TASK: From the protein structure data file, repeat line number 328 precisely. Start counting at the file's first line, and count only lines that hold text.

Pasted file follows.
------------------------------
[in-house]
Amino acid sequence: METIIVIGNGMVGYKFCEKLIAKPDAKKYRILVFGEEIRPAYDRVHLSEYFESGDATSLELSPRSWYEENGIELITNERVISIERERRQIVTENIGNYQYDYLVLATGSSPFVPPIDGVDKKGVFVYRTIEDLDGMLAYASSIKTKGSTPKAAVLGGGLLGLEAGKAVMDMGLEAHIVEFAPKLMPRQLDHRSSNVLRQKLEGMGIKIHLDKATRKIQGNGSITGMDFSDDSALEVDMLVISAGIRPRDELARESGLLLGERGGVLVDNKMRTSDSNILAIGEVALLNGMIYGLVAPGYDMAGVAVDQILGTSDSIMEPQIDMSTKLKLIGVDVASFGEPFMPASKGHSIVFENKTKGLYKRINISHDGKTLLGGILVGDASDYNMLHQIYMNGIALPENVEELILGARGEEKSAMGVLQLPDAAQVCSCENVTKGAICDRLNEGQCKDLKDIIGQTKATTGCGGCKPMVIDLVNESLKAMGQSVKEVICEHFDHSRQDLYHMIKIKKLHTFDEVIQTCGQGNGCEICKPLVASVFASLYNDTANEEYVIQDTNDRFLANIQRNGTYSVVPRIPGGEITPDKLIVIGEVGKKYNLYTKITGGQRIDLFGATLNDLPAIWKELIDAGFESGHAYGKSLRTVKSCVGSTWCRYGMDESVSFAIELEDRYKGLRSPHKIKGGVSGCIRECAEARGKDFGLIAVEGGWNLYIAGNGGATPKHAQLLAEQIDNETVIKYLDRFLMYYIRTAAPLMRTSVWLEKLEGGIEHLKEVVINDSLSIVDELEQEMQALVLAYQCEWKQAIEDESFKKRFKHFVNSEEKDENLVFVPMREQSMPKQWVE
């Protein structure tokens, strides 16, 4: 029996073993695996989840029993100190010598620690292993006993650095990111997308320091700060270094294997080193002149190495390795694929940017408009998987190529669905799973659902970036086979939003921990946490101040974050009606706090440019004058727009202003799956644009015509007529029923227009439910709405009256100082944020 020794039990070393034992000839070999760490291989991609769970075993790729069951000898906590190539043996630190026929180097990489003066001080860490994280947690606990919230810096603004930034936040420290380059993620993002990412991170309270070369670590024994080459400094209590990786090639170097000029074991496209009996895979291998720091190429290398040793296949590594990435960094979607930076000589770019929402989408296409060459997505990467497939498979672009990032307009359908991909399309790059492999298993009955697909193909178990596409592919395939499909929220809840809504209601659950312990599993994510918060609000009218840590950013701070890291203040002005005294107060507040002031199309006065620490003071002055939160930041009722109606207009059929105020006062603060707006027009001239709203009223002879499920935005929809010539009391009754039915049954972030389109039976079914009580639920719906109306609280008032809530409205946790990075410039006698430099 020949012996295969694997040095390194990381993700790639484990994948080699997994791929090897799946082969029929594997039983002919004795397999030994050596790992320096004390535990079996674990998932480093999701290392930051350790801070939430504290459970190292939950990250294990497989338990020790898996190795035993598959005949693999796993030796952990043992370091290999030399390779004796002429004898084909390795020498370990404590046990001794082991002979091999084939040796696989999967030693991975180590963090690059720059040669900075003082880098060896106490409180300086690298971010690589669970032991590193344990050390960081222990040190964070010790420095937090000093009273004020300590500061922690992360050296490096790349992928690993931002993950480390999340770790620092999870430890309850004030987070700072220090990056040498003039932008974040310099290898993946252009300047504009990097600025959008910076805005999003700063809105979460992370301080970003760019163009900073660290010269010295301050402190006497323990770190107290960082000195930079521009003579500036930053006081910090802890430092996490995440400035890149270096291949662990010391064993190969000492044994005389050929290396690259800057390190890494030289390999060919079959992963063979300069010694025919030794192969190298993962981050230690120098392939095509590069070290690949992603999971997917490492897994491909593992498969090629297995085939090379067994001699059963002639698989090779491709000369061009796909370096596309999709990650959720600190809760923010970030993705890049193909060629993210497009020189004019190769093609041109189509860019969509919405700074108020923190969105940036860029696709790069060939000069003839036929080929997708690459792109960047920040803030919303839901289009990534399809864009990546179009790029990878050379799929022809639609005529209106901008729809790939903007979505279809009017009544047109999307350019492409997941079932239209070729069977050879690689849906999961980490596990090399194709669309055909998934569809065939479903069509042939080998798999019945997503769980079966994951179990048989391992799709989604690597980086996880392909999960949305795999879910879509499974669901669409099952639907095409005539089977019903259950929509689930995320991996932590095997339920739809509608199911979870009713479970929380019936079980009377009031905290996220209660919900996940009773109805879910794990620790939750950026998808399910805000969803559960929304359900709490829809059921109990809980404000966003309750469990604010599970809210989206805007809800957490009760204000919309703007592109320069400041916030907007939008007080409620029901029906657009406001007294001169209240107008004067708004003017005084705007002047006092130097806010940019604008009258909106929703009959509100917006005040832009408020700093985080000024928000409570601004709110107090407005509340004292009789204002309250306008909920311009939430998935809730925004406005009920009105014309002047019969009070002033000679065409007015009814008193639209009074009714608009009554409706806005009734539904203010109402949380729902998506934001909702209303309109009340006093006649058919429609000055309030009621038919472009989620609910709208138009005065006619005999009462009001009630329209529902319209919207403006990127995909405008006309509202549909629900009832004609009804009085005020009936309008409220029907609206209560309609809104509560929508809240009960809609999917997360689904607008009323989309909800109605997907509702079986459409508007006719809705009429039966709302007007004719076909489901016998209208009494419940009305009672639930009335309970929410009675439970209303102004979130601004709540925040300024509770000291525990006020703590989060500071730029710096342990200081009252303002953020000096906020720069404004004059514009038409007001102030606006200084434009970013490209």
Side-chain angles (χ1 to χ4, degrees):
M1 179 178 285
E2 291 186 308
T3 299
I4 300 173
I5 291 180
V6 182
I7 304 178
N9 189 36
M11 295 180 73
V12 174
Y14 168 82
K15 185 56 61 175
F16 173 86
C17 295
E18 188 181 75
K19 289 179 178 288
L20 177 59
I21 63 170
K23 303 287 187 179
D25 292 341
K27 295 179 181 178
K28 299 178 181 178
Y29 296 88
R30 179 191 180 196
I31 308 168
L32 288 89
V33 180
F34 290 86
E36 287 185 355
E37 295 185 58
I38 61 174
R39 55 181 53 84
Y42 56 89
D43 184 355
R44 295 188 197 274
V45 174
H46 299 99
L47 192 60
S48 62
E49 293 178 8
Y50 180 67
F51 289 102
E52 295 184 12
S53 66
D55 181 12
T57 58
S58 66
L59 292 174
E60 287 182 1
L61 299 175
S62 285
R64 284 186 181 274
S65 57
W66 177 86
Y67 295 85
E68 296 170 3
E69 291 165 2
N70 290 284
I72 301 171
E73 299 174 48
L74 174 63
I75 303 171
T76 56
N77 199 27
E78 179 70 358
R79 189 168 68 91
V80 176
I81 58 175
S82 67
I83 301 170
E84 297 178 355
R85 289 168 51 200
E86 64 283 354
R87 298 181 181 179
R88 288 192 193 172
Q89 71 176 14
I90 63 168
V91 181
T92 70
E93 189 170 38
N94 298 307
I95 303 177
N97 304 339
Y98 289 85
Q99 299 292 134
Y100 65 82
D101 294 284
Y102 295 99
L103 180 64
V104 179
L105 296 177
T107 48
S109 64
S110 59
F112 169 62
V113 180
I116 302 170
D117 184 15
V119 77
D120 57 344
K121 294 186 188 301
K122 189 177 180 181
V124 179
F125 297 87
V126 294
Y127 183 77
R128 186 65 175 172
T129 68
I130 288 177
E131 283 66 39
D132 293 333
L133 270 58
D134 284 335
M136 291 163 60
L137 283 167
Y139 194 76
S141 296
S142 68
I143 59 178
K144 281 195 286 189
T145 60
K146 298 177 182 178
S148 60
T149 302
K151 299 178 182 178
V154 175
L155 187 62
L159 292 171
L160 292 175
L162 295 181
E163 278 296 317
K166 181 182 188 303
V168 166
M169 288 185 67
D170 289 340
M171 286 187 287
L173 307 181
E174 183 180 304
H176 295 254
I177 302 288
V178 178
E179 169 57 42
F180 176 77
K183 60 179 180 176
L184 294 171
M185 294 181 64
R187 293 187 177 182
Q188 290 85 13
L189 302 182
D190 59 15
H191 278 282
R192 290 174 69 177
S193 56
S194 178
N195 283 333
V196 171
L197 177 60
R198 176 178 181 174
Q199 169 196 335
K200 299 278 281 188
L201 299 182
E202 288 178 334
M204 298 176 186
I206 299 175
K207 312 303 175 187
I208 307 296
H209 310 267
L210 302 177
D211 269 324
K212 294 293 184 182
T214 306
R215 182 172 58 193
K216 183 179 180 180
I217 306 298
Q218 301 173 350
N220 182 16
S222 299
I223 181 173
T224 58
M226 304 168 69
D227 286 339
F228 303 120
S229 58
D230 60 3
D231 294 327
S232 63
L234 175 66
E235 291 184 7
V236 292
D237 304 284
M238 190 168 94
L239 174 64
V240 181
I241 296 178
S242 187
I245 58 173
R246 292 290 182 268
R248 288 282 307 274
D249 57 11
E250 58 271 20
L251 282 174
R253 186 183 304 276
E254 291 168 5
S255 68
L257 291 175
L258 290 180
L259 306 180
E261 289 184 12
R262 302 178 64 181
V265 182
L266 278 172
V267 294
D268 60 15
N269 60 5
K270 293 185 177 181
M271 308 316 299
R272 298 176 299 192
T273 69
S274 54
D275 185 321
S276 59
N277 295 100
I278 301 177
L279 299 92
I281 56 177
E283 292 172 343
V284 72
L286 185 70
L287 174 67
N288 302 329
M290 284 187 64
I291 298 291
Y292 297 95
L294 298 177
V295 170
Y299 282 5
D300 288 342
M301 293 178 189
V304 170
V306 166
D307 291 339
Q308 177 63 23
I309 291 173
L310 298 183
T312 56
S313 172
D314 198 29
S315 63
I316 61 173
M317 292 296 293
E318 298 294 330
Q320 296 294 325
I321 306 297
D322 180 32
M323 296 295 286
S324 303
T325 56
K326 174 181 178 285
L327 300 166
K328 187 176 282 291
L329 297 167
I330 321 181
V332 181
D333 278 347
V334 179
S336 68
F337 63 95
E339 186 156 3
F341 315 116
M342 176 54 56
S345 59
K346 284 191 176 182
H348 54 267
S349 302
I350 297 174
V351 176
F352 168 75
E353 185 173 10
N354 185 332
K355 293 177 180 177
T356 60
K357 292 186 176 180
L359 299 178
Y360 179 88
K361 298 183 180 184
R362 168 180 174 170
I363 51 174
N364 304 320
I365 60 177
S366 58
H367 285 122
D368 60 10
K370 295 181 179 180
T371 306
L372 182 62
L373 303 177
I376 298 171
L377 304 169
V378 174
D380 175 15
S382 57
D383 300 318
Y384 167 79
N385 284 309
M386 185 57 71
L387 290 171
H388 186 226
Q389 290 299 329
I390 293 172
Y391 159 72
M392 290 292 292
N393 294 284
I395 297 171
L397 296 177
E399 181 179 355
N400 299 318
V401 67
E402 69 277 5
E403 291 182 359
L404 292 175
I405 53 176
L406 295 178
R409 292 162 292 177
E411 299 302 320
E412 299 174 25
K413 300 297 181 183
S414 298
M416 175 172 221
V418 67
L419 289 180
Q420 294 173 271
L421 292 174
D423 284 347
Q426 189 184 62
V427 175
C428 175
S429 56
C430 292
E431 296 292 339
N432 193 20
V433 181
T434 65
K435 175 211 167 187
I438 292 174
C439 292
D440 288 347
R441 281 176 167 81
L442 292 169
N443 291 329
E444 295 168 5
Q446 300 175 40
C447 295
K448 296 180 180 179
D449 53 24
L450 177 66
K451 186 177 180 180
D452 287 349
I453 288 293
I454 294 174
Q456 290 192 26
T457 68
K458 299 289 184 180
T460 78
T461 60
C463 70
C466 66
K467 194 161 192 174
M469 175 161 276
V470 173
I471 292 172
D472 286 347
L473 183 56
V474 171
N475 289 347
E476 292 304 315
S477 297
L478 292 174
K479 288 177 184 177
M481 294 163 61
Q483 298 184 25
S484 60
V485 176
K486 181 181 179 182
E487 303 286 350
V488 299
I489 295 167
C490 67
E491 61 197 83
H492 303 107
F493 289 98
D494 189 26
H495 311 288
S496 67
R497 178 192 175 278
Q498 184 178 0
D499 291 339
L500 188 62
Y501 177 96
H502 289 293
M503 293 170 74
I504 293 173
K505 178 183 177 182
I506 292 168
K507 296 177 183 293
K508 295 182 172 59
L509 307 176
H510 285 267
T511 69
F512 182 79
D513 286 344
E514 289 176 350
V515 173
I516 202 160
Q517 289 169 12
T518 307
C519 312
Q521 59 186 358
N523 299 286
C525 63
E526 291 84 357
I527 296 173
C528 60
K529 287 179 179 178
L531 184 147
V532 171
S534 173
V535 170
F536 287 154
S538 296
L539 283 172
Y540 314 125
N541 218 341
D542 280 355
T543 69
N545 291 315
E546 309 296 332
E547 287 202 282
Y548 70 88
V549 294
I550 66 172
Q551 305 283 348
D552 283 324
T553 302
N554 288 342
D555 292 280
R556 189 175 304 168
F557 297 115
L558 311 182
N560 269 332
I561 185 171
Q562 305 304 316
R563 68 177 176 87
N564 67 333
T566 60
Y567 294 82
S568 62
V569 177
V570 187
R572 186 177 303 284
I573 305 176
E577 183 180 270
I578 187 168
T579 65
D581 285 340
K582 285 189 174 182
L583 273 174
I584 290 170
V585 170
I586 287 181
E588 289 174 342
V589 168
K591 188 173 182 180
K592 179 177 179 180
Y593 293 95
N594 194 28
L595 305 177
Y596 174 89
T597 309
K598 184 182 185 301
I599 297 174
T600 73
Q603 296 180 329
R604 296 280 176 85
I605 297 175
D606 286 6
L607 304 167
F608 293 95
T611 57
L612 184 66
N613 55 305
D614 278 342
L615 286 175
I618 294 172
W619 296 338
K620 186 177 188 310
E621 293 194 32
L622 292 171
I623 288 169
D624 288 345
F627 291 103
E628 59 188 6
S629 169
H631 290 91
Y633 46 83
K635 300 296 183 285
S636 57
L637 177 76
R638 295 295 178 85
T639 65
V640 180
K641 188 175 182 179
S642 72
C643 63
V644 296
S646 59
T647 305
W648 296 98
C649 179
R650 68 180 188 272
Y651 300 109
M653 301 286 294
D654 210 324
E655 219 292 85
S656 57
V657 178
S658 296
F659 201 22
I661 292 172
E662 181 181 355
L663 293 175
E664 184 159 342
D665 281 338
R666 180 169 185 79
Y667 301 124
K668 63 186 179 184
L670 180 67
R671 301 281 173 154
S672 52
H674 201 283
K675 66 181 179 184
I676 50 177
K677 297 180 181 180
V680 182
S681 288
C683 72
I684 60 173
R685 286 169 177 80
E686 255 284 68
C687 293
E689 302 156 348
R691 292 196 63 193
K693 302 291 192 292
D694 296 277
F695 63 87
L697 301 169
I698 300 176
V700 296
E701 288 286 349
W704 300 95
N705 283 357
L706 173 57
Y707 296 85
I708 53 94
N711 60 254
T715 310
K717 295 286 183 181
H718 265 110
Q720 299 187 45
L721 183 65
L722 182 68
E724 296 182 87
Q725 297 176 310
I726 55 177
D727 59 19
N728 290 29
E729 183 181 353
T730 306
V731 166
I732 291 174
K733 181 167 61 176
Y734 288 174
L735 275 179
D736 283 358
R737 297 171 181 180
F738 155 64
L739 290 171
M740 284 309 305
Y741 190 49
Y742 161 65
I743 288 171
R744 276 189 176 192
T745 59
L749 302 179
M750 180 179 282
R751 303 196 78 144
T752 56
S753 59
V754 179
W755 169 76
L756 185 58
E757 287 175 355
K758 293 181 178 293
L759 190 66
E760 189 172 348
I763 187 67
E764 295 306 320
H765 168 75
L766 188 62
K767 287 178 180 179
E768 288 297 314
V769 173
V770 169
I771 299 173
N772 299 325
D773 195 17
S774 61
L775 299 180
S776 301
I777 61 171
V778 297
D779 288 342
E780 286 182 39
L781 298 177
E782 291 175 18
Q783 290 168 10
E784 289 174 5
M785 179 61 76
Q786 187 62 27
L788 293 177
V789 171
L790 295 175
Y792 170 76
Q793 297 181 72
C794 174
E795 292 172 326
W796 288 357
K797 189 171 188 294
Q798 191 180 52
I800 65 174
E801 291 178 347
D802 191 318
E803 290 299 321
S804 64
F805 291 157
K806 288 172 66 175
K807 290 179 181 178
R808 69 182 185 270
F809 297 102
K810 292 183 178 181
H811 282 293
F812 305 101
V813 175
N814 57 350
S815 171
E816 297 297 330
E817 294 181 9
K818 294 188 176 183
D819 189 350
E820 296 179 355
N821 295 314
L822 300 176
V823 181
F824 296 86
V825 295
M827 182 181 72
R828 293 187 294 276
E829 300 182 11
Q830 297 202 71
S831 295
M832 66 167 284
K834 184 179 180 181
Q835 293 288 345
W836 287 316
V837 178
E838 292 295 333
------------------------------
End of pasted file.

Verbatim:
E411 299 302 320